But it’s not that simple, I know. Even a technophile like me understands that modernity doesn’t mean improvement, necessarily; newer is sometimes just different, rather than better. It’s perfectly reasonable to ask what we’ve lost (in addition to what we’ve gained) by moving from pen-and-paper writing to typewriting to word processing to Final Draft. Studies have shown that typewriting uses fewer areas of the brain than handwriting, for example, which is often cited as the reason that students still learn handwriting in school; are we letting important parts of our brains go dormant? There’s also no doubt that handwriting is slower than typing, which might result in a more considered, thoughtful creative process. Is it far-fetched to imagine our creative products are changing as a result? What sorts of changes might be happening? It’s hard to say; no rigorous studies, as far as I can tell, have been done.

The change from handwriting to typewriting seems minor to me, however, compared to the change that I think might be coming: from typewriting to speech recognition. Now that Siri and Google Now have begun to prove the speech-to-text concept for the broad American public, it can only be a matter of time before every new laptop comes equipped with similar software. When it does, I wonder… Will playwrights use it? And what would it mean if they did?

With either handwriting OR typewriting, we writers are called upon to hear different voices in our heads—I use the word “hear” carefully, because of course it’s our own mind to which we are listening—and transcribe them with our hands, using either a pen or a keyboard. The speech centers of our brains need never be activated, oddly, because (believe it or not) speech and writing are located in different hemispheres. If we start using our voices to write, however, instead of either a pen or a keyboard, we will be invoking that speech center in a new way… and I think it’s safe to say that we have no idea what that might do either to our creative processes or to our end product.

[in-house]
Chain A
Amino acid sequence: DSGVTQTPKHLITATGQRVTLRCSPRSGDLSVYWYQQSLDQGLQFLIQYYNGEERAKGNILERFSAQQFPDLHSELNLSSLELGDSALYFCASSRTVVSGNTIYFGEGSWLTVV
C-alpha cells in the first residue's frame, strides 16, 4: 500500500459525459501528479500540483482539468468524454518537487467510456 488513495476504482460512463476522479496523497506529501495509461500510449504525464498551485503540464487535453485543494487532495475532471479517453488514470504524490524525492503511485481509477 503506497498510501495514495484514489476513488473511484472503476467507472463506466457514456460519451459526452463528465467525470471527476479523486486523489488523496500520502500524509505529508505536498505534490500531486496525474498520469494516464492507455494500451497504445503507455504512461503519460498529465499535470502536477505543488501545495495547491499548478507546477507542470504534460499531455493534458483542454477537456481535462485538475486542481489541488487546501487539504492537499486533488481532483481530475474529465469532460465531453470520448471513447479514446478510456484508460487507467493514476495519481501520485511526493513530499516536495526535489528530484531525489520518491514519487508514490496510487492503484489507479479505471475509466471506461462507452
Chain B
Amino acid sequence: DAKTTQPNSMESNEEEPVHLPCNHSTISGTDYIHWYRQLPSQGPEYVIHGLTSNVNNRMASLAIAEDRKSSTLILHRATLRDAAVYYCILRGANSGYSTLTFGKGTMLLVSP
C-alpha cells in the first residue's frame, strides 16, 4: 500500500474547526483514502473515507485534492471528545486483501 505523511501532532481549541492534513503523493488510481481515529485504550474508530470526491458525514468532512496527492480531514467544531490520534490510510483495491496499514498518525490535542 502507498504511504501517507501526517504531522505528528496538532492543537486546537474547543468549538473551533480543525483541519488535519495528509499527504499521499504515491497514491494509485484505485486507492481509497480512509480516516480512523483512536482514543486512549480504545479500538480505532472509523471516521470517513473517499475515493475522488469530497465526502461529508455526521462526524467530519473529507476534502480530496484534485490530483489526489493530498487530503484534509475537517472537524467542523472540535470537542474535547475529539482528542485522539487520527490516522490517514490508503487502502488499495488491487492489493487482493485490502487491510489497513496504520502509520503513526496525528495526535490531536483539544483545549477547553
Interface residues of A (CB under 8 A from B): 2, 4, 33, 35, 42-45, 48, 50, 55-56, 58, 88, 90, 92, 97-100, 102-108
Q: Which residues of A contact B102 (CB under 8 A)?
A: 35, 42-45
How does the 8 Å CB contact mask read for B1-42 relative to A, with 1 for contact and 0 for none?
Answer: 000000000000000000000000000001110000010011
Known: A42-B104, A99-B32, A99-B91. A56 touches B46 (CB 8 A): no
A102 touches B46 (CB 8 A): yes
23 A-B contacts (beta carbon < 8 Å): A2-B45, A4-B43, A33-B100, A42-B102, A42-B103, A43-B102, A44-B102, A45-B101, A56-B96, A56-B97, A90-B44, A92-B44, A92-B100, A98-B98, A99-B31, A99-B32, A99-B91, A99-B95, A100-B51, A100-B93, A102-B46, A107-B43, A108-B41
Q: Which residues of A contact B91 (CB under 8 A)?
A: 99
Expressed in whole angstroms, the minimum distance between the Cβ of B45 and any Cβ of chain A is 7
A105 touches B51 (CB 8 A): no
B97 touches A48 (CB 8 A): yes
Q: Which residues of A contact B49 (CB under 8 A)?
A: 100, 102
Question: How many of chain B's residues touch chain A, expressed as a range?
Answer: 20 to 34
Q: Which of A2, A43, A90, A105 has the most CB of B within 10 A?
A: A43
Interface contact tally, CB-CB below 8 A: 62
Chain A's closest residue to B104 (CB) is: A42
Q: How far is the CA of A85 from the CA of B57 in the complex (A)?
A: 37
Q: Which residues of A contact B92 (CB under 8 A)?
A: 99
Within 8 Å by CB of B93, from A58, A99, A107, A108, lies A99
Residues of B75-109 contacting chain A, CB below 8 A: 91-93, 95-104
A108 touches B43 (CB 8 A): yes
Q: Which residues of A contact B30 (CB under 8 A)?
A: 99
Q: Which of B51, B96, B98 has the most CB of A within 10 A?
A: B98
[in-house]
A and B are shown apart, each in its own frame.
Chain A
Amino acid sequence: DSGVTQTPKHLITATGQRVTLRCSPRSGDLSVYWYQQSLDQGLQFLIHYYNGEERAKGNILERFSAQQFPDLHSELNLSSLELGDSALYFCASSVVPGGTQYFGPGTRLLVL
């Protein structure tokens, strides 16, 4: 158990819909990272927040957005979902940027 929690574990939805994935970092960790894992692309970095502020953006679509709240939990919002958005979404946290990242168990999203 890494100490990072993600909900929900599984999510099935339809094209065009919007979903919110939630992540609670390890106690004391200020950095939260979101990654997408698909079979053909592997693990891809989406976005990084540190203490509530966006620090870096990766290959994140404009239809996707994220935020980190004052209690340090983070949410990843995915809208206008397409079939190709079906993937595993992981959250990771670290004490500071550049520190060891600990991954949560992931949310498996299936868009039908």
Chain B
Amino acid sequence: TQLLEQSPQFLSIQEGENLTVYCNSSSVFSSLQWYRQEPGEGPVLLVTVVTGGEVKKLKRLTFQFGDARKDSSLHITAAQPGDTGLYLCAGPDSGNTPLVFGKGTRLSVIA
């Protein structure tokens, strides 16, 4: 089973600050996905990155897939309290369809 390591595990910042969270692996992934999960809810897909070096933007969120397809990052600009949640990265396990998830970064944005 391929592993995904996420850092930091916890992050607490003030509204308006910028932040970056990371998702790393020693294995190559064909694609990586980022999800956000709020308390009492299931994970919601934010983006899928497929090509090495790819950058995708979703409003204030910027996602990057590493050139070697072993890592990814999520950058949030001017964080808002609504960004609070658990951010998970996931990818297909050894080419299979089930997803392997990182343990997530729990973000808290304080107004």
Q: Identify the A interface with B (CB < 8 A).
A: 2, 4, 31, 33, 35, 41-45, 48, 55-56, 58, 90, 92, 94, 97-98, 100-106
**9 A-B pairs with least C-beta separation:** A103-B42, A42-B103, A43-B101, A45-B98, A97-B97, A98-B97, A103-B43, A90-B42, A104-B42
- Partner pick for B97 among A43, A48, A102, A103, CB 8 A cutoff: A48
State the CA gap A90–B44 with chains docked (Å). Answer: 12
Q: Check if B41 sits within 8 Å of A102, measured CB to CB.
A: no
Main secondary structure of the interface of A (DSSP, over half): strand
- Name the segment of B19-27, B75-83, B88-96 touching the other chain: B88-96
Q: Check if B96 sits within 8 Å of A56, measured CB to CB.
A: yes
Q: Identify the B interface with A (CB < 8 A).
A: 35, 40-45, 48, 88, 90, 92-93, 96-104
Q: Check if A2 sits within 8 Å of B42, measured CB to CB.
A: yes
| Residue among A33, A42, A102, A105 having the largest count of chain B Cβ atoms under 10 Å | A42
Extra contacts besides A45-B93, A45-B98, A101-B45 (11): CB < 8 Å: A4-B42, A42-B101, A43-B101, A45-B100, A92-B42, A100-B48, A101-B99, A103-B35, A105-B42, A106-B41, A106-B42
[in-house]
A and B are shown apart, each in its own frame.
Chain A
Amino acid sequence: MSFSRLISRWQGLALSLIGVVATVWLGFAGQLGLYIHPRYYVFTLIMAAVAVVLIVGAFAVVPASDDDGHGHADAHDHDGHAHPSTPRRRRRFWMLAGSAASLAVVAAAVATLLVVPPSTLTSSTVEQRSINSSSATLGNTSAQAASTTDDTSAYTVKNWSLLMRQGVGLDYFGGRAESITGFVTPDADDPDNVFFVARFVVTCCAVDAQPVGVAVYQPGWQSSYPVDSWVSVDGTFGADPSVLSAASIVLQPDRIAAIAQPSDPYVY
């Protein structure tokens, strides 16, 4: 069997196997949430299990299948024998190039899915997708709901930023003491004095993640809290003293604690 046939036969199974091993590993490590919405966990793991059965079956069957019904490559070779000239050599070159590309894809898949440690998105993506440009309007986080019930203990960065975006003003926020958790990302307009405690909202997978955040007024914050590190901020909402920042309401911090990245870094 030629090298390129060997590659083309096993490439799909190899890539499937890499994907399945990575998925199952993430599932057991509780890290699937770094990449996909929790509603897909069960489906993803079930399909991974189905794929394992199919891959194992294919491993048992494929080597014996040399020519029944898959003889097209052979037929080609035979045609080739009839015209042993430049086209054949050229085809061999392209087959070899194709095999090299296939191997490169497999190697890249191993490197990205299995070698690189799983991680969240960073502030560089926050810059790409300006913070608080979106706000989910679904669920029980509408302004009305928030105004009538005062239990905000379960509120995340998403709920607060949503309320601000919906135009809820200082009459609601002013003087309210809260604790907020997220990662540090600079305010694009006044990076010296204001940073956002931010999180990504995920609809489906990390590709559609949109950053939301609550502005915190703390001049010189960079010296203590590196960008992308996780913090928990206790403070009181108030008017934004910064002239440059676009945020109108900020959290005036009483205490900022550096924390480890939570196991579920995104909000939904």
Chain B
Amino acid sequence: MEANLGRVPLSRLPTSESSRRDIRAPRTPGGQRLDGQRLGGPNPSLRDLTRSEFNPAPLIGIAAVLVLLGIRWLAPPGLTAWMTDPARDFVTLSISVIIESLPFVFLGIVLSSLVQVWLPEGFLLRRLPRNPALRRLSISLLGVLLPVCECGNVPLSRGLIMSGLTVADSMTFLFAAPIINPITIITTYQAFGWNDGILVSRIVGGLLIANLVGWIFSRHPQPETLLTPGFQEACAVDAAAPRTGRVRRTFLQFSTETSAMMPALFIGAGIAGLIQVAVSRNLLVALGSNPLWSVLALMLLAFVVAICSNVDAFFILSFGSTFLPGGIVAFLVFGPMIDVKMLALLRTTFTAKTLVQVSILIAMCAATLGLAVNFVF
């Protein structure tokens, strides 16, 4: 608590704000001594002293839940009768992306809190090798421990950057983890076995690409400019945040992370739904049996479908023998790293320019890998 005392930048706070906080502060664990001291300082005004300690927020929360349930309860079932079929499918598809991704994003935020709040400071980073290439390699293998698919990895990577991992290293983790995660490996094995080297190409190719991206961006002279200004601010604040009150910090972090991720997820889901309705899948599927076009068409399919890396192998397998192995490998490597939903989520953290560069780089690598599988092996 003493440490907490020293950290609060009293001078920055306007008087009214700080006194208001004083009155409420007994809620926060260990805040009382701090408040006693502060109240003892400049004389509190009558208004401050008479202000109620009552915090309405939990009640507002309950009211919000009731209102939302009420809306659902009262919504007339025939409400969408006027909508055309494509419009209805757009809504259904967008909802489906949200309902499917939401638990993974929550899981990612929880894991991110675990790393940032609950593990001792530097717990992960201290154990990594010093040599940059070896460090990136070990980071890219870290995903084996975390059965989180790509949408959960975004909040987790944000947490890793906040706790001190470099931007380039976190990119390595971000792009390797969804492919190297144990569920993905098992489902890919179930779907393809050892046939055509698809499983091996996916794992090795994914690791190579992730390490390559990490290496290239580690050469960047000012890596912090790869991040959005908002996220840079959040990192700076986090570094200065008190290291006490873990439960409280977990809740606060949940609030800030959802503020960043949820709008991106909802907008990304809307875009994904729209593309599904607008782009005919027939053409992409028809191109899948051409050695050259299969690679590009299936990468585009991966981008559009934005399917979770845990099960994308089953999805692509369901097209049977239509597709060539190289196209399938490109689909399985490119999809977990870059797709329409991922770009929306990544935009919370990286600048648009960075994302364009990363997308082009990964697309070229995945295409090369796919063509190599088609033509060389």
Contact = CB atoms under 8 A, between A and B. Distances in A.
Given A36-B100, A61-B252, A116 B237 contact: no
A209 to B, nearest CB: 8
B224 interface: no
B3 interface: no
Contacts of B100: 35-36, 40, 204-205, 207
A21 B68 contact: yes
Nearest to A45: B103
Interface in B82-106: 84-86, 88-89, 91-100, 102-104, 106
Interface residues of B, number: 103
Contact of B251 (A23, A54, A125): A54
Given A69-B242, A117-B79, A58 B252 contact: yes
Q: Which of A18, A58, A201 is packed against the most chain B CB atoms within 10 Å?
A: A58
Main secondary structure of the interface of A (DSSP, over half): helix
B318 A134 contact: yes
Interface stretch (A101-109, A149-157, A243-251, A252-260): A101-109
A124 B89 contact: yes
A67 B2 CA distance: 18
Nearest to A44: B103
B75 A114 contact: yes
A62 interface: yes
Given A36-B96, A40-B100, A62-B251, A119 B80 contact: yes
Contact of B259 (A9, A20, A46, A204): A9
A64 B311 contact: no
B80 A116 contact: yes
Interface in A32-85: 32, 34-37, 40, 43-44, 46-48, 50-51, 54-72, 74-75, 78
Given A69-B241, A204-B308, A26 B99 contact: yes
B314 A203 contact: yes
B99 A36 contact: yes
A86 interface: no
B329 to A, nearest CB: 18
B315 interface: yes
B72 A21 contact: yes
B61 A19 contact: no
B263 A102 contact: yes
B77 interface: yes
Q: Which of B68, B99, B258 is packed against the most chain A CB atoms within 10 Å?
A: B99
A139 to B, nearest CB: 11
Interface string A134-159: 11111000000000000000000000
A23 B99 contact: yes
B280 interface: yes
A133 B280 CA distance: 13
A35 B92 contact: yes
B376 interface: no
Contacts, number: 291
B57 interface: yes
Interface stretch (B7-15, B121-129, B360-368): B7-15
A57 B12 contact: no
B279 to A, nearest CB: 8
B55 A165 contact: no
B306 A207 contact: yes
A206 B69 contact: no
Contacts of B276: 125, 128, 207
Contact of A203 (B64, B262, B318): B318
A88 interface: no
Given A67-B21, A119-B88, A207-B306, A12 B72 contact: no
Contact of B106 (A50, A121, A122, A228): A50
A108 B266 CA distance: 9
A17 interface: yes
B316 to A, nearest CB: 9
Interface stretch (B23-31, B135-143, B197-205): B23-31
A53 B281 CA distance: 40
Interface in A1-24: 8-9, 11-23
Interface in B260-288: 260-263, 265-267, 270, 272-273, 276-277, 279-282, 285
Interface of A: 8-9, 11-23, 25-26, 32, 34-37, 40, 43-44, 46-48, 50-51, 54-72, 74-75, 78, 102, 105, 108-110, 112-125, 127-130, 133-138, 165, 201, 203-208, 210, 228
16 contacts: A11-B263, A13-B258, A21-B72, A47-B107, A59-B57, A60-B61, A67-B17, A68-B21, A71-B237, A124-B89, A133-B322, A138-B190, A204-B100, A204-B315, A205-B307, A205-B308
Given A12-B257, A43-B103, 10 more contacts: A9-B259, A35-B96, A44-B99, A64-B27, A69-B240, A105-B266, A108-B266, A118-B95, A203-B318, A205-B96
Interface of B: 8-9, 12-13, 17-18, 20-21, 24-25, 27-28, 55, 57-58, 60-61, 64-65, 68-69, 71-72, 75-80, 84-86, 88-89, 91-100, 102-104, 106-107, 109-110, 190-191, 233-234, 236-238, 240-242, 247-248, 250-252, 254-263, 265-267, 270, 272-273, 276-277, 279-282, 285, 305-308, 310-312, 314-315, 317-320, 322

Can you imagine yourself writing by talking? Does that even seem possible to you? Do you think you might feel nuts, speaking out loud in an empty room? Do you even write in an empty room? Because it doesn’t seem possible to use speech recognition software to write in, say, a coffee shop.

What if you wanted to write a character who spoke with an accent different from your own? Or with a different speech pattern? Would you do your best to approximate the voice you’re going for, then fix the results on screen with a keyboard? (That step is probably going to be necessary for a long time, given the likely persistent imperfections of speech recognition software.) Would you feel the need to train yourself as an actor, somehow, to expand the range of possibilities you could easily create?

How do you think it might affect you psychologically to speak, aloud, in different voices? Before you answer “not at all,” on the assumption that it wouldn’t be any different than typing or handwriting in different voices, consider the fact that in using a different part of your brain, you might trigger new depths of emotion while working. Or you might find yourself blocked in some way: less able to speak freely, perhaps, than you were to type or write. It’s really hard to know, isn’t it? But if speech recognition software keeps maturing at the same rate, we’ll have a chance to find out soon enough.